They may not win many beauty contests, but naked mole rats have long caught the eyes of scientists working to find the cure to cancer. These strange, bald rodents are the only animals in the world that appear to be completely immune to the disease. Now researchers at the University of Rochester think they may have unlocked their secret.

The findings, which were published recently in an issue of Proceedings of the National Academy of Sciences, bring optimism that the cure to cancer may not be far off. Even more encouraging, scientists traced the naked mole rats' ability to stay tumorless to the operation of a single gene.

Dubbed 'p16', the gene works by making cells "claustrophobic", essentially keeping them from replicating when too many crowd together. Since cancer is caused by runaway cell growth, the gene acts as a fail-safe mechanism, preventing cell proliferation from cascading out of control.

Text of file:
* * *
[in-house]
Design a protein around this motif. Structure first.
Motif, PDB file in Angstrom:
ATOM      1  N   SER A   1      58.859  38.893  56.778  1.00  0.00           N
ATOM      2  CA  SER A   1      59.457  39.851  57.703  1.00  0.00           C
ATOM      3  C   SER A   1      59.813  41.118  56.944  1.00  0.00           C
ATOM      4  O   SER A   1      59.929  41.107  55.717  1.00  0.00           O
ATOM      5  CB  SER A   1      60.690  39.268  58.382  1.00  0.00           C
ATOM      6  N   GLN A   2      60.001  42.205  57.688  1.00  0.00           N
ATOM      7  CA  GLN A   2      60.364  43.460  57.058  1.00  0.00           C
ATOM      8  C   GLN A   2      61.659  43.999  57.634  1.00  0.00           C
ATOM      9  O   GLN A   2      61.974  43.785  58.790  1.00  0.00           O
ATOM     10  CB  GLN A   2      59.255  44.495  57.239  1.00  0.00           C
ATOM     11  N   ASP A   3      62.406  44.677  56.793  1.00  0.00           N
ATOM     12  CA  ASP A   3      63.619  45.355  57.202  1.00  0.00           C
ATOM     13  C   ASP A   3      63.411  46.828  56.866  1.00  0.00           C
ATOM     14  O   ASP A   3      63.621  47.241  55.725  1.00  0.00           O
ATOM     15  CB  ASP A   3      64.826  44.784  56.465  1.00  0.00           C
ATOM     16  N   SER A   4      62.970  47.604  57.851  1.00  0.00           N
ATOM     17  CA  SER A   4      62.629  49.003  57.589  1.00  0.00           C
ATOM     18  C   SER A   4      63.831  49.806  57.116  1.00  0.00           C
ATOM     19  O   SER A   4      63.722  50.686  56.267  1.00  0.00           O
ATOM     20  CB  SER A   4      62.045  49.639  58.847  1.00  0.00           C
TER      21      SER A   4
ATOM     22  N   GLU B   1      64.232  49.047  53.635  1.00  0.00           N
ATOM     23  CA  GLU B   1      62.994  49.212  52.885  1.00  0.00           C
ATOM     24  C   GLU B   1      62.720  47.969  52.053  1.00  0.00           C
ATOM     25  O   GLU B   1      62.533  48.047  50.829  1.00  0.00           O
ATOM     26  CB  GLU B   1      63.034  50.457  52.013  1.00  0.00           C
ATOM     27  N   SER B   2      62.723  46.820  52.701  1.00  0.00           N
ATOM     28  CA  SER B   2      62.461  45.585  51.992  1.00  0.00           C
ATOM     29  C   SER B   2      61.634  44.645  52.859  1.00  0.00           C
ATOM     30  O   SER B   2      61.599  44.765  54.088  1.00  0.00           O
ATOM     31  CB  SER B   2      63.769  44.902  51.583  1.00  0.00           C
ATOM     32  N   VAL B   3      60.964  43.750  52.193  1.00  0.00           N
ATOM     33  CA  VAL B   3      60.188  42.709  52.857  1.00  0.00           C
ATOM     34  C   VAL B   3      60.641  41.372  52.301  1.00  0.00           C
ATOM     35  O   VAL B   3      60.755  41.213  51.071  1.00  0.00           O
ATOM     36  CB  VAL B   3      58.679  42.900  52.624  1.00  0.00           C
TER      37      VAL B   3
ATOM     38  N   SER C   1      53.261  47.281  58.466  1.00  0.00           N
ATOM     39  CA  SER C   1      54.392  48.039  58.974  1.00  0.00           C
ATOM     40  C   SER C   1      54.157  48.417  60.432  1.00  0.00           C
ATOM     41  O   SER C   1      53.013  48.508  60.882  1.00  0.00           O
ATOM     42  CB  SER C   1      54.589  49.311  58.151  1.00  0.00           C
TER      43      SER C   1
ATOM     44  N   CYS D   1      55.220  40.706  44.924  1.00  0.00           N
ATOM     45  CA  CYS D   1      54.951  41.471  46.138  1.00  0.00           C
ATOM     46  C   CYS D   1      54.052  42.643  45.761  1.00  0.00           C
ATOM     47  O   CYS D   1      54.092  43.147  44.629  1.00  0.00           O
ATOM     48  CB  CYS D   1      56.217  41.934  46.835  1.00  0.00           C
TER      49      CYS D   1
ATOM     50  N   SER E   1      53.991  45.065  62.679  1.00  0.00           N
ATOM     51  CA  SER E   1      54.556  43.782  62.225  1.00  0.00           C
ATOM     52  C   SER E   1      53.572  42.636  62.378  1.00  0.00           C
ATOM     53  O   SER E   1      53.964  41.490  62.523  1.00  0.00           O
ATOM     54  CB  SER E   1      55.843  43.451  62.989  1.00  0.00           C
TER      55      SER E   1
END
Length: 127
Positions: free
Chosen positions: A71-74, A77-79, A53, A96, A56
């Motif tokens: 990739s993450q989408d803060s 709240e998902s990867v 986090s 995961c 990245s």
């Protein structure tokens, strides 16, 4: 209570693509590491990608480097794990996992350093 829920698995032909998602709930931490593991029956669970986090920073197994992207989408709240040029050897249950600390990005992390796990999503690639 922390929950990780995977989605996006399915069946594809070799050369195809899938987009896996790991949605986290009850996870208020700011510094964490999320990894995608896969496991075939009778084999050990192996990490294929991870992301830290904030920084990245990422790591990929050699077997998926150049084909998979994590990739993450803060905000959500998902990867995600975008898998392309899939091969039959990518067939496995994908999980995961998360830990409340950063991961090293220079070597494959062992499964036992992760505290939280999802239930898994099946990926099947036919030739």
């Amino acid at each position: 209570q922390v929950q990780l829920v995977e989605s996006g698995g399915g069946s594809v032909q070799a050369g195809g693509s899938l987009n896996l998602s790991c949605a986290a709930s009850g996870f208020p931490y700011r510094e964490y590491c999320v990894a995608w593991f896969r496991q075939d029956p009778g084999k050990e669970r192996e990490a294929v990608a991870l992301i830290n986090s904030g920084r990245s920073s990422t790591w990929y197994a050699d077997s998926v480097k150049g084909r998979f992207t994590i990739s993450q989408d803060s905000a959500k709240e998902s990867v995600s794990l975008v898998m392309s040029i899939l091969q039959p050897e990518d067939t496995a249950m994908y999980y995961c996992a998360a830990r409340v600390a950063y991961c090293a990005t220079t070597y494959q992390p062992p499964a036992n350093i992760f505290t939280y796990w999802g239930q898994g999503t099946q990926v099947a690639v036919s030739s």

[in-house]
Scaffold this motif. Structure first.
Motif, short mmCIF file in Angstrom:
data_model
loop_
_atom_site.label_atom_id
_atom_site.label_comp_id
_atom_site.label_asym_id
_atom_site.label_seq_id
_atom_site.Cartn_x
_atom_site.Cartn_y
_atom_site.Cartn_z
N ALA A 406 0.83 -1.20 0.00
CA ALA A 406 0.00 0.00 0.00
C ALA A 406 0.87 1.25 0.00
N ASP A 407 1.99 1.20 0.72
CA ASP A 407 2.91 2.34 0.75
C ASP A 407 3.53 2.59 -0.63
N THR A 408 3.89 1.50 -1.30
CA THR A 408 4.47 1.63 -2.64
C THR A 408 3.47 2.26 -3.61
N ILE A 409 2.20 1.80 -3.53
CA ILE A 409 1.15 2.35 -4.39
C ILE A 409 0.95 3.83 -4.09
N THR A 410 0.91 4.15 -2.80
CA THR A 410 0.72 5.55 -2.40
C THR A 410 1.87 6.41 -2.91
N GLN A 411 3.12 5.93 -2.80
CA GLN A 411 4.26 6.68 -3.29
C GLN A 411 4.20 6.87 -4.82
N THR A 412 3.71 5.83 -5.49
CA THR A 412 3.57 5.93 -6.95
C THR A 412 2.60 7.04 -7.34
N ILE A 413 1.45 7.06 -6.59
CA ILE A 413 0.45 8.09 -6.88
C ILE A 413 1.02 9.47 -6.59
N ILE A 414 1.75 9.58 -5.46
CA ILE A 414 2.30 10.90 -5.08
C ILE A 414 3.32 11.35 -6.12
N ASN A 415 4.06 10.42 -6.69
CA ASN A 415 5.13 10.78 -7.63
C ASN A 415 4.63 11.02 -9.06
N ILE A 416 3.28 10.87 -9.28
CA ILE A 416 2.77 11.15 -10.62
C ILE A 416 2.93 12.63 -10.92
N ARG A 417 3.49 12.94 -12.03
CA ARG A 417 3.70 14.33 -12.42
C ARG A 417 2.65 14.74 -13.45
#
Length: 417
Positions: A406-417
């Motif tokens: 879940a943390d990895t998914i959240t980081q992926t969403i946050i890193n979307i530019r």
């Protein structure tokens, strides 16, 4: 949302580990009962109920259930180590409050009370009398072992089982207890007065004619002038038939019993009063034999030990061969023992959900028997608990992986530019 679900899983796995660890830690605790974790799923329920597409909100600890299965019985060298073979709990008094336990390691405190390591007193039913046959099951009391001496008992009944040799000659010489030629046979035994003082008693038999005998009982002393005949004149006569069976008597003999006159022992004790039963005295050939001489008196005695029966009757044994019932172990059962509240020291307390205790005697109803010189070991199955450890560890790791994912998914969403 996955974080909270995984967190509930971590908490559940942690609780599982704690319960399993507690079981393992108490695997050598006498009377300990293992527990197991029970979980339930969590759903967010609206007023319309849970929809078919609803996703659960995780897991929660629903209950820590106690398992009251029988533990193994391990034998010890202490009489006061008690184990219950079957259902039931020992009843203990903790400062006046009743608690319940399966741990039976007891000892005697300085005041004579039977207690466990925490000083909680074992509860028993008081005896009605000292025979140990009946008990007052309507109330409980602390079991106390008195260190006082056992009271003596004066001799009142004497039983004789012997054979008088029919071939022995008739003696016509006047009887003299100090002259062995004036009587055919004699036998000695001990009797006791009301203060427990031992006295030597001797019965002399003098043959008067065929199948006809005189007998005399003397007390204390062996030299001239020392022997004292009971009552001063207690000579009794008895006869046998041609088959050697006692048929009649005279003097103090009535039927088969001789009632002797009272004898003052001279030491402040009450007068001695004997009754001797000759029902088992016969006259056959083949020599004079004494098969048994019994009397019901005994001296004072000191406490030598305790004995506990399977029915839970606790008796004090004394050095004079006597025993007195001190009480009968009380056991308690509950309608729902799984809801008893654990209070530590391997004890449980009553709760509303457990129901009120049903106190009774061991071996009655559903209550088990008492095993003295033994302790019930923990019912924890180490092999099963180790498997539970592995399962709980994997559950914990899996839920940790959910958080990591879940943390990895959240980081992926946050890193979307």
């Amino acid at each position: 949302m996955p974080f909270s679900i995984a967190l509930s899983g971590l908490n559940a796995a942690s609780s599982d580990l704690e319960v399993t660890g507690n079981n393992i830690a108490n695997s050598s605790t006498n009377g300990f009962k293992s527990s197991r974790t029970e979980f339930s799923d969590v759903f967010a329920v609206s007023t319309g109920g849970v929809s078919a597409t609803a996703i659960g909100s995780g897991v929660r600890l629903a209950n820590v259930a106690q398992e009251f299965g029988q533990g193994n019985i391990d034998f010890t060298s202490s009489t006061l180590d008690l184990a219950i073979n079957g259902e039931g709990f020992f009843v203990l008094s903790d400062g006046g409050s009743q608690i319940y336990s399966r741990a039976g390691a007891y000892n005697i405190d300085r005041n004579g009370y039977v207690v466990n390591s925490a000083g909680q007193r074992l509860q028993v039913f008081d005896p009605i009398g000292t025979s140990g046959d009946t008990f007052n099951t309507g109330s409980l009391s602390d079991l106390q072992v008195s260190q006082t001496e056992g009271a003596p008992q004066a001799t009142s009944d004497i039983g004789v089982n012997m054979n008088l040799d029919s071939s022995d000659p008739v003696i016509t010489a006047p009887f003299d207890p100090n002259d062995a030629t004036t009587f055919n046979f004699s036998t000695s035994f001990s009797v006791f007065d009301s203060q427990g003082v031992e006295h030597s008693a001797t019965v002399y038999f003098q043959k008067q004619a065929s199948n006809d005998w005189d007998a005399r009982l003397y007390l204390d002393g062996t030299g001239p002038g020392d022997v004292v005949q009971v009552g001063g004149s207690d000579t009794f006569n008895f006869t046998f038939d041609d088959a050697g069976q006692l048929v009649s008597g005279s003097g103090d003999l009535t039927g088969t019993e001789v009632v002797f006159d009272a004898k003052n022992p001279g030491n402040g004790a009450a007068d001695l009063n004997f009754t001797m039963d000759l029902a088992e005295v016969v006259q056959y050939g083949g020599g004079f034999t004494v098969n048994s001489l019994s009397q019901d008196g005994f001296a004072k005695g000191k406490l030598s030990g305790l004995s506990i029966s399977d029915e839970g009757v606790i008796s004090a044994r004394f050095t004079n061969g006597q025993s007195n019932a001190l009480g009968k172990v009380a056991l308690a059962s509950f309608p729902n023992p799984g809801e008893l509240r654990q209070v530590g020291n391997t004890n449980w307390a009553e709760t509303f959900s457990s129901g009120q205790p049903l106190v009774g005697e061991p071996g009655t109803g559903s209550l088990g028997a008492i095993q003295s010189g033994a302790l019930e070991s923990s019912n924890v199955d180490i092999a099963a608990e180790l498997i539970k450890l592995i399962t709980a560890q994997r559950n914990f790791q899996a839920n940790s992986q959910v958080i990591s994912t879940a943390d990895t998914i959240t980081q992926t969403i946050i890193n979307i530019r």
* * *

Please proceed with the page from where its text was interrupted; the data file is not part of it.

"It's very early to speculate about the implications, but if the effect of p16 can be simulated in humans, we might have a way to halt cancer before it starts," said University of Rochester researchers Vera Gorbunova and Andrei Seluanov.

The exciting discovery comes at the end of an unusual three-year journey for Gorbunova and Seluanov, who have been investigating rodents of all kinds from around the world to see how they each deal with cancer differently.

It turns out that naked mole rats are particularly unusual when put in a context with most other small-bodied mammals. Aside from their hairless bodies and the fact that they form communities that consist of queens and workers more reminiscent of bees or ants than rodents, they also live longer — a lot longer. Some naked mole rats have been known to live more than 30 years.

Of course, the fact that they're resistant to cancer helps to explain how they can live so long. But that longer lifespan means that there's even more time for cells to grow cancerous, a fact which made the mystery as to how the depilated rodents remain cancer-free all the more intriguing.

Now that the mystery is solved, it almost seems apt: It may be that the key to curing cancer for the hairless ape rests in understanding the tiny, bizarre biology of the hairless rat.